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Lame is art, and her endeavour,
Follows nature's course but slowly,
Guessing, toiling, seeking ever,
Still improving, perfect never;
Little Nautilus, thou shewest
Deeper wisdom than thou knowest,
Lore, which man should study lowly :
Bold faith and cheer,
Small Marinere,

Are thine within thy pearly dwelling,—
Thine, a law of life compelling,
Obedience, perfect, simple, glad, and free,
To the great will that animates the sea.

SWEET Love, the shadow of thy parting wings,
Hangs on my soul, like the soft shade of even,
Farewell to thee, for thou art going to Heaven,
And I must stay behind, with all the things
Which thou, and thy benign administerings
Once made most sweet, of sweetness now bereaven;
Whose memory, as a sour fermenting leaven,
Perverts all nature with an ill that springs
From good corrupted. Oh! for mercy-Love,
Stay with me yet, altho' thy comrade fair,
The smiler Hope, be gone to realms above,
Stay with thy youngest sister, meek Despair—
For meek she is in truth, as brooding dove,
If thou with her the lowly bosom share.


SAY-what is worse than blank despair,
'Tis that sick hope too weak for flying,
That plays at fast and loose with care,
And wastes a weary life in dying.

Though promise be a welcome guest,
may it be too late a comer,

"Tis but a cuckoo voice at best,

The joy of spring, scarce heard in summer.

Then now consent, this very hour,
Let the kind word of peace be spoken ;
Like dew upon a withered flower,
Is comfort to the heart that's broken.

The heart, whose will is from above,
Shall yet its mortal taint discover,
For Time, that cannot alter love,
Has power to slay the wretched lover.


SHE is not fair to outward view
As many maidens be,

Her loveliness I never knew
Until she smil'd on me ;
Oh! then I saw, her eye was bright,
A well of love, a spring of light.

But now her looks are coy and cold,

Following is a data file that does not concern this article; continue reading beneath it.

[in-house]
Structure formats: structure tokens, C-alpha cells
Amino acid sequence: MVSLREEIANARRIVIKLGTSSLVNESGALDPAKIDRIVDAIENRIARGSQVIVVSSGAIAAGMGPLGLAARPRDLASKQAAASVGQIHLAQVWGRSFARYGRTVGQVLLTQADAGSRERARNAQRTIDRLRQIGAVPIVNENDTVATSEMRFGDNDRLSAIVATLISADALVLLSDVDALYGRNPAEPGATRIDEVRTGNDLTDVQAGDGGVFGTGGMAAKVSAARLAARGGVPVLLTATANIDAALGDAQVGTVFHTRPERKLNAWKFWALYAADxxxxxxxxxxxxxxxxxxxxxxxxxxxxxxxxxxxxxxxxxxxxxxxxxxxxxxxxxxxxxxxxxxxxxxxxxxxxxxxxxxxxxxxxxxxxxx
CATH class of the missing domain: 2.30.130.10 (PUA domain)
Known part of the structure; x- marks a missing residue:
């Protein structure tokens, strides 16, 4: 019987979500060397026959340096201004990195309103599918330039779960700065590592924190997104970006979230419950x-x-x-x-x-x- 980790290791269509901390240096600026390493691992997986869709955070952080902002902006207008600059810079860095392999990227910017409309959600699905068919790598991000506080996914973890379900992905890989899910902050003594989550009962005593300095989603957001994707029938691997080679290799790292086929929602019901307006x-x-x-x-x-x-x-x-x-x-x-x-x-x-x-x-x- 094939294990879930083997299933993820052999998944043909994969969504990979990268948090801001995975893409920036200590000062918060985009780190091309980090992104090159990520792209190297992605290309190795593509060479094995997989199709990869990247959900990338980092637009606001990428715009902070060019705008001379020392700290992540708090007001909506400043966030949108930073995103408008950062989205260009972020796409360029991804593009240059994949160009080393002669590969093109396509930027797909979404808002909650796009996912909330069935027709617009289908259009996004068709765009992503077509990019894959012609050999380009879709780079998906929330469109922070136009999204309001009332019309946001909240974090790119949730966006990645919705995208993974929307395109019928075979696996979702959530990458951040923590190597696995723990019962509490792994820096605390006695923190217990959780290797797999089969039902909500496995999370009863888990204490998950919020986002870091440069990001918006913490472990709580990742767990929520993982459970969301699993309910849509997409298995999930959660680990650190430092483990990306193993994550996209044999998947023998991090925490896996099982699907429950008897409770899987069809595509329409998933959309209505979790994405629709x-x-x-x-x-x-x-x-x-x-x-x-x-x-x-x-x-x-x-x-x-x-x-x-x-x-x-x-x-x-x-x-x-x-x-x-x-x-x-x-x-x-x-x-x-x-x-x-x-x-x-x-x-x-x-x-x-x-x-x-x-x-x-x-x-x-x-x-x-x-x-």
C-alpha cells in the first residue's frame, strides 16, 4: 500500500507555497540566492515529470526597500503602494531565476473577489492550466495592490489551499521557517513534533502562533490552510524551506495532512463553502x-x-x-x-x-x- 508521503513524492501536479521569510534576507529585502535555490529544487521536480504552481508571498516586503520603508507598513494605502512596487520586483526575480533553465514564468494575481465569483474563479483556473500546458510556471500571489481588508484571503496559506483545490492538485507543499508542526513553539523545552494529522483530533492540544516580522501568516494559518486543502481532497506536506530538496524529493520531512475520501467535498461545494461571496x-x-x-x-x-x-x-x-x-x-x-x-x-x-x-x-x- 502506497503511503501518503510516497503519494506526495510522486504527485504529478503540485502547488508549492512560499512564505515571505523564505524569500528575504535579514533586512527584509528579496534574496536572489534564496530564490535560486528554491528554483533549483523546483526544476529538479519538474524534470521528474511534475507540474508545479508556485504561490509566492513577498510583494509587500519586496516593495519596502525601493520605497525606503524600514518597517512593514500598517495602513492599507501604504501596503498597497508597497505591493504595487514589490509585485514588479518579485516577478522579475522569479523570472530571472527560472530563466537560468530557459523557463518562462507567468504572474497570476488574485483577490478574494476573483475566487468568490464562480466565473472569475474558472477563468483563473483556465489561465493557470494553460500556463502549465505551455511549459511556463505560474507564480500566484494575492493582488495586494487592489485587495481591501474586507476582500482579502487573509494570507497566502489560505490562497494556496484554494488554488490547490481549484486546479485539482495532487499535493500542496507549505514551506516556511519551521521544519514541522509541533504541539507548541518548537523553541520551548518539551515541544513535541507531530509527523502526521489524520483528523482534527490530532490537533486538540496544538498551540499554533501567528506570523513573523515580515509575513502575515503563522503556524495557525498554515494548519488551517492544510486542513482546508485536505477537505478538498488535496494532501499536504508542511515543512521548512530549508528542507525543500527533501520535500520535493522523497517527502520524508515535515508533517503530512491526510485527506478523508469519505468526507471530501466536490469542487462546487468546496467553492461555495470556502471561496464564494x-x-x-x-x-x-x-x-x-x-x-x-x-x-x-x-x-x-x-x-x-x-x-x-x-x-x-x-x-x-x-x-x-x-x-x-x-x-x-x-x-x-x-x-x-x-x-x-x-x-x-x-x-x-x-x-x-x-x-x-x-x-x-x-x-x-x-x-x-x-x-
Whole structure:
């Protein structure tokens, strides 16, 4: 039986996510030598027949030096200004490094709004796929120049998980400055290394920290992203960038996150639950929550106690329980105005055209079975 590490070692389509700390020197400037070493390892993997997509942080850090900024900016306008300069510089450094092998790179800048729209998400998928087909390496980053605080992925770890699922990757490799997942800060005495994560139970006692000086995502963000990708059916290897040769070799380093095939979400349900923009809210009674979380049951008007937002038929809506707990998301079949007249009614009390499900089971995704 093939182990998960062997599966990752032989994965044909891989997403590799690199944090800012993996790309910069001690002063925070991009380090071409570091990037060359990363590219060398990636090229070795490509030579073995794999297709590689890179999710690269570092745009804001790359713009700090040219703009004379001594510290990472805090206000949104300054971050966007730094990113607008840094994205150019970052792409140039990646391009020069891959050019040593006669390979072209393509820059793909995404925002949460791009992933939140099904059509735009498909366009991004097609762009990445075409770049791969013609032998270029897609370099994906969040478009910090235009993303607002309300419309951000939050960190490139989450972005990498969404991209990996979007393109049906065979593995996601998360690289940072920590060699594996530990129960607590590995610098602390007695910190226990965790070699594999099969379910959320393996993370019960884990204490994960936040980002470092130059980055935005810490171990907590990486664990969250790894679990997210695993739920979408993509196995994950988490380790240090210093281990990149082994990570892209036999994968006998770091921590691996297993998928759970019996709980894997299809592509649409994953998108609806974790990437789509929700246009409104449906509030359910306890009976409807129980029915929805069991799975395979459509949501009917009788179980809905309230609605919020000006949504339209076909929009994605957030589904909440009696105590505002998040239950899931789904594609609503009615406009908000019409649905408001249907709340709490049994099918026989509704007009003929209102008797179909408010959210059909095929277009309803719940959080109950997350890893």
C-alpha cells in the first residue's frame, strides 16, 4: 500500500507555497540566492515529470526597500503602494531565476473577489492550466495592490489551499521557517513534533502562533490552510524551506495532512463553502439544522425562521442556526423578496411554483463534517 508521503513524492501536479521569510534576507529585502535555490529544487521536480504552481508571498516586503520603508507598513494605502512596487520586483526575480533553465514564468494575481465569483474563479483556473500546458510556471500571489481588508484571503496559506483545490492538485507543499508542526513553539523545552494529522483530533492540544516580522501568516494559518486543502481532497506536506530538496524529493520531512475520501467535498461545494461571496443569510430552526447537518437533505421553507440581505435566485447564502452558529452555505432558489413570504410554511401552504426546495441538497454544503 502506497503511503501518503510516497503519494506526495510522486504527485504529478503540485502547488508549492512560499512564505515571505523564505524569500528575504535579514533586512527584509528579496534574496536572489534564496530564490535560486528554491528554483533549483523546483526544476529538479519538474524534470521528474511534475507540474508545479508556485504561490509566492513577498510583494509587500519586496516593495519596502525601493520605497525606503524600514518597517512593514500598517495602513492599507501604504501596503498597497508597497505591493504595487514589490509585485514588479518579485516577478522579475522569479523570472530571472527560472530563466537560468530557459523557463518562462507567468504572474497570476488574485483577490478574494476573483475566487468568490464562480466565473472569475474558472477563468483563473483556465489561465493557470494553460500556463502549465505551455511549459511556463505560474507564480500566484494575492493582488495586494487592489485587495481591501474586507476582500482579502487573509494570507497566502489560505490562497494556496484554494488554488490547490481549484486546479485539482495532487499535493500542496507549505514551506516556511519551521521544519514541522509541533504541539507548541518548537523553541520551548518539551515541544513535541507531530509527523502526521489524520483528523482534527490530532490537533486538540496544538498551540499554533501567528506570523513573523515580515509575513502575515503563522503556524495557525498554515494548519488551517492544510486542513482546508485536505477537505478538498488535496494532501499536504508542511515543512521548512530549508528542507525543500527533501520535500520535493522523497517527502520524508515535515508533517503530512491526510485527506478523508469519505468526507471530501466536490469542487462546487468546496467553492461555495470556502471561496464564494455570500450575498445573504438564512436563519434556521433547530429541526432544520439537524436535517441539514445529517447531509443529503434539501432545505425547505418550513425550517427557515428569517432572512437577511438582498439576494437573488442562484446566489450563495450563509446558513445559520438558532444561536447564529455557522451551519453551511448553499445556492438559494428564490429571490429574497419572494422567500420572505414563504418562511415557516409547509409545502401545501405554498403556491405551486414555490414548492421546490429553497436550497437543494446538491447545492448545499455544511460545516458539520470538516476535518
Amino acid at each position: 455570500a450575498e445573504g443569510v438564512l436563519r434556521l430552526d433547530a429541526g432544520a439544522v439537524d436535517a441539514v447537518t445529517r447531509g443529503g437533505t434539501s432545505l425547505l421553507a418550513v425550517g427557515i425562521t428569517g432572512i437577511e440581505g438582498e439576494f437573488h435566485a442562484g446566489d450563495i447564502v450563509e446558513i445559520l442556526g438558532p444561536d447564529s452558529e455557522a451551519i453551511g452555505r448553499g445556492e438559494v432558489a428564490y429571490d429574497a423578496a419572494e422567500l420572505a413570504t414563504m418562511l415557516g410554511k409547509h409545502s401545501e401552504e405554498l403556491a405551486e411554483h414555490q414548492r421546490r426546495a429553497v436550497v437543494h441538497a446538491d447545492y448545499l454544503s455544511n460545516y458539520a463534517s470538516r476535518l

To mine they ne'er reply,
yet I cease not to behold,
The love-light in her eye:
Her very frowns are fairer far,

Than smiles of other maidens are.



FROM God they came, to God they went again, No sin they knew, and knew but little pain, And here they lie, by their fond mother's side, Who lived to love and lose them, then she died.


THEY were a gentle pair, whose love began
They knew not when-they knew not of a time
When they loved not. In the mere sentient life
Of unremember'd infancy, whose speech,
Like secret love's, is only smiles and tears,
The baby Leonard clapp'd his little hands,
Leapt in his nurse's arms, and crow'd aloud
When Susan was in sight, and utter'd sounds
Most strange and strangely sweet, that nothing meant
But merely joy, as in the green-wood tree

The merry merle awakes his thrilling song,
Soon as the cool breath of the vernal dawn
Stirs the light leaflets on the motionless boughs.
Mute as the shadow of a passing bird
On glassy lake, the gentle Susan lay,

Hush'd in her meek delight. A dimpled smile
Curl'd round her tiny, rosy mouth, and seem'd
To sink, as light, into her soft full eyes-
A quiet smile, that told of happiness
Her infant soul investing, as the bud
Infolds the petals of the nascent rose.

Born in one week, and in one font baptized, On the same festal day-they grew together,

And their first tottering steps were hand in hand,
While the two fathers, in half-earnest sport,
Betroth'd them to each other. Then 'twas sweet
For mother's ears, to hear them lisp and try
At the same words, each imitating each ;
But Leonard was the babe of nimbler tongue,
And Sister Susan' was the first plain phrase
His utterance master'd-by that dear kind name
He call'd the maid, supplying so a place
Which Nature had left void. An only child
Of a proud mother and a high-born sire,
Full soon he learn'd to mount a palfrey small,
Of that dwarf race that prance unclaim'd and free
O'er the bleak pastures of the Shetland Isles.
And who may tell his glory or his pride
When Susan, by her mother's arms upheld,
Sat, glad though fearful, on the courser's rear,
While he, exulting in his dauntless skill,
Rein'd its short testy neck, and froward mouth,
Taming its wilful movement to the
That palfrey suits of wandering lady fair.


Bold were his looks, his speech was bold and shrill,
His smooth round cheeks glow'd with a ruddy brown,
And dark the curls that cluster'd o'er his head,
Knotty and close. In every pliant limb
A noble boy's ambitious manliness

Elastic sprung. Yet child more loving, fond,
Ne'er sought the refuge of a parent's side.
But Susan was not one of many words,
Nor loud of laughter; and she moved as soft
As modest Nymphs, in work of artist rare,
Seem moving ever.
In her delicate eye

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